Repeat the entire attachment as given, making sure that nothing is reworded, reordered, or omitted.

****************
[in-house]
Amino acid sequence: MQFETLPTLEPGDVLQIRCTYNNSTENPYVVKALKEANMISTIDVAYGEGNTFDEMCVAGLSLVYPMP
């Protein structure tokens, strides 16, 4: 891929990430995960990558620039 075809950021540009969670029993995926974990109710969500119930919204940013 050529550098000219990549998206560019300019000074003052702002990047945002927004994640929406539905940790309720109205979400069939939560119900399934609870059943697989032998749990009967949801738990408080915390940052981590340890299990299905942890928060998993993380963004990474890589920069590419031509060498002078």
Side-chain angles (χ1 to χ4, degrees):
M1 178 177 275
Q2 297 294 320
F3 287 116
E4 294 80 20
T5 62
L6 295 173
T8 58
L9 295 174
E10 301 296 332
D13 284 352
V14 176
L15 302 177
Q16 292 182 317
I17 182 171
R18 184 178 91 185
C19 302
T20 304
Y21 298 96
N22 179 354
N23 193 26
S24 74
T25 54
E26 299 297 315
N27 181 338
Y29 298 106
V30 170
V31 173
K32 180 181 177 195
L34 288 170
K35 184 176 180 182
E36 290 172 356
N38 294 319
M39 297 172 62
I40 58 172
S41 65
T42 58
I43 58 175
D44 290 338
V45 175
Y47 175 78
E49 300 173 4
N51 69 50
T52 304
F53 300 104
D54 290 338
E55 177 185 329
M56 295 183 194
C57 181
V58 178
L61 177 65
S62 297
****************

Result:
[in-house]
Amino acid sequence: MQFETLPTLEPGDVLQIRCTYNNSTENPYVVKALKEANMISTIDVAYGEGNTFDEMCVAGLSLVYPMP
């Protein structure tokens, strides 16, 4: 891929990430995960990558620039 075809950021540009969670029993995926974990109710969500119930919204940013 050529550098000219990549998206560019300019000074003052702002990047945002927004994640929406539905940790309720109205979400069939939560119900399934609870059943697989032998749990009967949801738990408080915390940052981590340890299990299905942890928060998993993380963004990474890589920069590419031509060498002078």
Side-chain angles (χ1 to χ4, degrees):
M1 178 177 275
Q2 297 294 320
F3 287 116
E4 294 80 20
T5 62
L6 295 173
T8 58
L9 295 174
E10 301 296 332
D13 284 352
V14 176
L15 302 177
Q16 292 182 317
I17 182 171
R18 184 178 91 185
C19 302
T20 304
Y21 298 96
N22 179 354
N23 193 26
S24 74
T25 54
E26 299 297 315
N27 181 338
Y29 298 106
V30 170
V31 173
K32 180 181 177 195
L34 288 170
K35 184 176 180 182
E36 290 172 356
N38 294 319
M39 297 172 62
I40 58 172
S41 65
T42 58
I43 58 175
D44 290 338
V45 175
Y47 175 78
E49 300 173 4
N51 69 50
T52 304
F53 300 104
D54 290 338
E55 177 185 329
M56 295 183 194
C57 181
V58 178
L61 177 65
S62 297